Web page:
“Fact of the matter is that 100% ownership with 0% control = 5/8 of nothing. On the other hand, 0% ownership with 100% control = Game, Set and Match.”

              But it’s not as black and white as that is it. People who own property don’t have zero control.

            • Mike S 7.2.1.2.2.2

              0% ownership with 100% control???

              That sounds a lot like ownership to me. What’s the difference between 100% ownership and 100% control?

          • tricledrown 7.2.1.2.3

            BM you are an insidious race baiter by implying and lying like your leader!
            the English and Australians and European aren’t mentioned in any of your lies your trying to shift the blame !
            yet the English make up the largest individual non resident property speculators i’m surprised you haven’t called us pom bashers at least that would be fair but implying an untruth make you the RACIST!

          • Mike S 7.2.1.2.4

            Got any proof that that is what people assume? Or is that just what you assume, so you assume everyone else does?

            Yes people are dumb and easily led.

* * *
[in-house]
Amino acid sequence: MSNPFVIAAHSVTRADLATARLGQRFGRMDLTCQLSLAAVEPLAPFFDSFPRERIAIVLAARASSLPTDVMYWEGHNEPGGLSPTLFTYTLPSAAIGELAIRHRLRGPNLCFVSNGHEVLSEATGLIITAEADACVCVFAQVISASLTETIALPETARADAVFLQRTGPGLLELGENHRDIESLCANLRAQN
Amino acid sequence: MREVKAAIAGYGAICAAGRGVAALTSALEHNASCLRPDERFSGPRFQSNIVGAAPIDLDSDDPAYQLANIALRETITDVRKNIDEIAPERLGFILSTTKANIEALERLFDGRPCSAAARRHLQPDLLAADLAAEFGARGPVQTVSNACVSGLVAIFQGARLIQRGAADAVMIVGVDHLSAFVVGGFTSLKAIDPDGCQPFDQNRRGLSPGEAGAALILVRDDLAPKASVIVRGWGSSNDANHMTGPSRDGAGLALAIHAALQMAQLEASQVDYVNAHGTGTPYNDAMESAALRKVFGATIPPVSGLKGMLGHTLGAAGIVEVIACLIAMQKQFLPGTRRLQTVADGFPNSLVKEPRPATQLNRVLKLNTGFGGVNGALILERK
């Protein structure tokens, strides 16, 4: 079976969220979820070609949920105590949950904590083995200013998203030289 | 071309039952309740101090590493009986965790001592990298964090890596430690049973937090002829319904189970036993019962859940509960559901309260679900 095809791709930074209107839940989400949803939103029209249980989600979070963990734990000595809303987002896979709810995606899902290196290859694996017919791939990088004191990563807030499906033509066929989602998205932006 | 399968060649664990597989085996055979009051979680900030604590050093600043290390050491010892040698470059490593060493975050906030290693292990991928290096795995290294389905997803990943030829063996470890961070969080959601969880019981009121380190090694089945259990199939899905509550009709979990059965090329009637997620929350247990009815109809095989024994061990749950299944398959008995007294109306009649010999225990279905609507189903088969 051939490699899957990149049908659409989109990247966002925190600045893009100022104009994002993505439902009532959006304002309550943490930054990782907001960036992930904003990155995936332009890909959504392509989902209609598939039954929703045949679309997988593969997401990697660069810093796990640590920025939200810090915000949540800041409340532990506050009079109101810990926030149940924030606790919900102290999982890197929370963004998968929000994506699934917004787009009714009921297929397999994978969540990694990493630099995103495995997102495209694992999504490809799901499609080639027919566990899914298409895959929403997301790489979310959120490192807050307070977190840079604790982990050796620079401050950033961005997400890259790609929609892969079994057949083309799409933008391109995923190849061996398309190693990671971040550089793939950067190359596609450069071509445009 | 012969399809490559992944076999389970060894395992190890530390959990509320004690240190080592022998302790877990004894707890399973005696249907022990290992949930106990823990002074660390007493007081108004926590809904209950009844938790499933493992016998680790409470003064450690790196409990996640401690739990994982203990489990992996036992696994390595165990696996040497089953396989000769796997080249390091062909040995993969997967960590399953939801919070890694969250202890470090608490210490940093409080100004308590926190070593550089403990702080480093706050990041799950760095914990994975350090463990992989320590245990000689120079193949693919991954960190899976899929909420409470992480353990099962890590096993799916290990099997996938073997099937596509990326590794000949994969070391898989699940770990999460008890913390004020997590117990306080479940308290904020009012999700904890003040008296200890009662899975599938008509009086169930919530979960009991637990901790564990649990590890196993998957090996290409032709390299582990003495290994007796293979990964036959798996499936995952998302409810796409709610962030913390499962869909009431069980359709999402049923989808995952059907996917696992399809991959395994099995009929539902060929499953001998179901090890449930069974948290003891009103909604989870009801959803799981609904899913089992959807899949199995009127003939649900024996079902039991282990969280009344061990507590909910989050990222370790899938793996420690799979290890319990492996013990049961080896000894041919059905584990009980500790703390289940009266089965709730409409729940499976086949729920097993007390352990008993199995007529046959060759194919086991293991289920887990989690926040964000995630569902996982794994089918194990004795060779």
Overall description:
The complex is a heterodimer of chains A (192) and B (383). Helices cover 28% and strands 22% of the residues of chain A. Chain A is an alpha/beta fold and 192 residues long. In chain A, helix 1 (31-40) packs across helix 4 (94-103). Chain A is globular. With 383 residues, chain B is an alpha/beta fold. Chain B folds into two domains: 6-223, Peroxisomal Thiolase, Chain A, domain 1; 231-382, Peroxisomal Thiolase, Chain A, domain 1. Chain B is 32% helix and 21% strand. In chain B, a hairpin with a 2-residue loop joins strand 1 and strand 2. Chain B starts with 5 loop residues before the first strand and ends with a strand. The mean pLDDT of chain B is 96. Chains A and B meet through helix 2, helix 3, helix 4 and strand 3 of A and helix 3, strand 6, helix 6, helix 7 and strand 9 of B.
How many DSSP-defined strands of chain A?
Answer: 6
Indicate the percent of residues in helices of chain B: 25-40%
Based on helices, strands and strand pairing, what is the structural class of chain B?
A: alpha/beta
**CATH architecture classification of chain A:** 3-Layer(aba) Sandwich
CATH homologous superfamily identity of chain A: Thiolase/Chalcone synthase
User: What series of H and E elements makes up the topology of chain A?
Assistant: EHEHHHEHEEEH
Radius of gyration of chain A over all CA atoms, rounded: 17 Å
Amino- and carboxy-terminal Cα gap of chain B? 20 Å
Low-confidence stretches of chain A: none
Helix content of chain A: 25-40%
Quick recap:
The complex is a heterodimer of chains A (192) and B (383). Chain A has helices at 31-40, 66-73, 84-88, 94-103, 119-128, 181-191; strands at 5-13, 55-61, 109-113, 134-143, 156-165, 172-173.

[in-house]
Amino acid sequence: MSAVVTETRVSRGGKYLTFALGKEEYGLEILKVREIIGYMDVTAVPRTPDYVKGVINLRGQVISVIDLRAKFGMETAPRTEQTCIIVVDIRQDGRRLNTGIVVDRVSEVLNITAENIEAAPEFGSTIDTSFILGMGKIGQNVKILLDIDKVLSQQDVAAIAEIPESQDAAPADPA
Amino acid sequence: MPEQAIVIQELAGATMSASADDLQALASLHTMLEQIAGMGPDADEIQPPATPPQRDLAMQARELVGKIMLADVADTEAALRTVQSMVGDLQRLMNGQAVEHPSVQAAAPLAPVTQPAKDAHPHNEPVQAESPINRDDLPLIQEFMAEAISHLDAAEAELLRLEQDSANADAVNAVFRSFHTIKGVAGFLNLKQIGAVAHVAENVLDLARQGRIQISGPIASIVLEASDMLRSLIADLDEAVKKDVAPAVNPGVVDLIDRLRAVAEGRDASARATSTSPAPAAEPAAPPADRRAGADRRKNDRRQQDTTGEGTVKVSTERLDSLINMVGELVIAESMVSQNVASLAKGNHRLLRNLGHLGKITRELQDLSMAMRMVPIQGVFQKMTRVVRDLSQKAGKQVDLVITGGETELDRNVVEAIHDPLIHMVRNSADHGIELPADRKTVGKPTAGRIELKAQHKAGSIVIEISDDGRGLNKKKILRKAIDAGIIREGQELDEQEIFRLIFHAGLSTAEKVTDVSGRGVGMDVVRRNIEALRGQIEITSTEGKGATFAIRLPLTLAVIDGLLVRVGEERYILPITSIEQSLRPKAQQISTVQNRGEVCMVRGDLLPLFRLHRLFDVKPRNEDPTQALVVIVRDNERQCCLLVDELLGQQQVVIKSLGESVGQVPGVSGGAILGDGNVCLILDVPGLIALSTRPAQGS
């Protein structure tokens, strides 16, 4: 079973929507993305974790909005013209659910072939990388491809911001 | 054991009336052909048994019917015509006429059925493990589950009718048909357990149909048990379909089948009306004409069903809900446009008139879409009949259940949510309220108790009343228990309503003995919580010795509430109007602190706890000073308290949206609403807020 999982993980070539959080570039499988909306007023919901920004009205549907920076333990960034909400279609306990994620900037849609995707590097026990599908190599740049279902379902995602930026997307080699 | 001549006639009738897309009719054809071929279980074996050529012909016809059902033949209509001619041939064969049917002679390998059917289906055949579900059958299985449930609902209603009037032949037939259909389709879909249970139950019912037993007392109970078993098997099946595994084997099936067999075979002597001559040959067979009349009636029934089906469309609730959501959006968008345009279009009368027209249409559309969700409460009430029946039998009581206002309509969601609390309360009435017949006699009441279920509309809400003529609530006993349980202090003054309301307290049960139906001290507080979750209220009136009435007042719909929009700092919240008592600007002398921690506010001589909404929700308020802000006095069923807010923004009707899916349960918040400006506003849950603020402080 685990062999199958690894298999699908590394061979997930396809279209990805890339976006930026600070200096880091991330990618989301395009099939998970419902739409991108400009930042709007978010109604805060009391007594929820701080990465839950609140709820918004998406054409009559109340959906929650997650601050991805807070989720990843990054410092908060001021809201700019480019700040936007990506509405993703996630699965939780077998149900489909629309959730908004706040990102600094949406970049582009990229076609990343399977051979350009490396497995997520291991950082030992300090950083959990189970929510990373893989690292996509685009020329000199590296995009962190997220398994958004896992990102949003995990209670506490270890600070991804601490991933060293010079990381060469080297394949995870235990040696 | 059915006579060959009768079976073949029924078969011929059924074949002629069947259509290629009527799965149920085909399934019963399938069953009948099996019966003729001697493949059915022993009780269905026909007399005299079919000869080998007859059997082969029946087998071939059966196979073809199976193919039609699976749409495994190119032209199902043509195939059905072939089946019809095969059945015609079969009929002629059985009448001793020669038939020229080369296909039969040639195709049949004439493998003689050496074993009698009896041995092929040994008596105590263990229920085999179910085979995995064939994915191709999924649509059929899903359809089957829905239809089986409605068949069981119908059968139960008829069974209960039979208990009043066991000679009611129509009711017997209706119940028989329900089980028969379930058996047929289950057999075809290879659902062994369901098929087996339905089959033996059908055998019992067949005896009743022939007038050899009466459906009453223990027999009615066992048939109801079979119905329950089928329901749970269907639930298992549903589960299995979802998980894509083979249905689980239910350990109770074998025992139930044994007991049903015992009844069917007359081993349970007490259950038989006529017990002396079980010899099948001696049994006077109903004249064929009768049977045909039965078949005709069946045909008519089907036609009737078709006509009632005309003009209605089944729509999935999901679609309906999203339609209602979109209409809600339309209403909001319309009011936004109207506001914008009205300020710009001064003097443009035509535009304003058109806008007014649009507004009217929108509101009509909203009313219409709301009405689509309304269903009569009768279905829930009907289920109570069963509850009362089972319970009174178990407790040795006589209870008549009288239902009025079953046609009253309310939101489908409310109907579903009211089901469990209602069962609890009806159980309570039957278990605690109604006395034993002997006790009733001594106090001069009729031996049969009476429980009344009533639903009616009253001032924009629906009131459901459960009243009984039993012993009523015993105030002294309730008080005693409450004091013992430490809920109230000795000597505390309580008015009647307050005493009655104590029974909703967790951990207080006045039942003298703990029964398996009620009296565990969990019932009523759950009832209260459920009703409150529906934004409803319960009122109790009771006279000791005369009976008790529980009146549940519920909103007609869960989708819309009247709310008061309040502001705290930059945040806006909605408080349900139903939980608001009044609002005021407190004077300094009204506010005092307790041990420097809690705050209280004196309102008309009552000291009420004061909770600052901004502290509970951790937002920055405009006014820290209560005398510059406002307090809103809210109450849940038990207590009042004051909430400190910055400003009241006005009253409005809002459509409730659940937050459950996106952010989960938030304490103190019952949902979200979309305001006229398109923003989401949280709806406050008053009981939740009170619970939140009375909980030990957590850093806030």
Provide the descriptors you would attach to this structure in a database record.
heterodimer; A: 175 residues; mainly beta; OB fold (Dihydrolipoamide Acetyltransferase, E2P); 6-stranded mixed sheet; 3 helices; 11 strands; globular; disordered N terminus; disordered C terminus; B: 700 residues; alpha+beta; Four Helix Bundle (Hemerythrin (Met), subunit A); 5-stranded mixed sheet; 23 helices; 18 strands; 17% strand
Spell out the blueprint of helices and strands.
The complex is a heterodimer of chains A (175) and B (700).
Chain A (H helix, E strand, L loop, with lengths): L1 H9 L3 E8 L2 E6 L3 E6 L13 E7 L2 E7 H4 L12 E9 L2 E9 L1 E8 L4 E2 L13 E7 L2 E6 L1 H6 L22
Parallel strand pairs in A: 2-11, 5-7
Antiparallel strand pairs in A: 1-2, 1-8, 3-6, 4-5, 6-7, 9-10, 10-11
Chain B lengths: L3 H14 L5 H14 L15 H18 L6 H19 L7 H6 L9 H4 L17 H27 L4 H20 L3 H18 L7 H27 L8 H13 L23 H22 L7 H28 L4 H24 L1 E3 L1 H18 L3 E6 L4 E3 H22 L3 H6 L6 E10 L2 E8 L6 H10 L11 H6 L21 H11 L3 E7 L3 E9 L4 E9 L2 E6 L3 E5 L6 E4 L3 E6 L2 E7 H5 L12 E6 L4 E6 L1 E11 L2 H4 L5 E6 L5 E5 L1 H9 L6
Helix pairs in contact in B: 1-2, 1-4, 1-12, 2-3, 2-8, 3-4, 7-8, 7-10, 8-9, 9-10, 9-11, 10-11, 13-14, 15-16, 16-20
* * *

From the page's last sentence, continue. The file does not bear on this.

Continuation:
• weka 7.2.1.3

          “You don’t see the discrimination?”

          If you want to call NZ having laws about non-citizens/residents to protect the interests of NZers discrimination then sure, it’s discriminating, but not in a bad way. I have no problem with treating NZers different from non-NZers within NZ when there is a clear case of public or national good. eg we don’t offer welfare or health services to non-NZers. How is that any different?

          Parents from the UK or China or wherever that can afford to send their kids to uni here, and can afford to buy them a house while they study, can probably afford to outcompete in the local property market. This is anecdotal, but it’s a fairly common story to hear of people upping prices because the exchange rate enables them to do so.

          I’m not sure where are you going with this line of argument. The one about NZers speculating is well made, but are you also suggesting that non NZers should be given a level playing field? Why? And should that be extended across the board, not just with property. Why have any immigration laws for instance?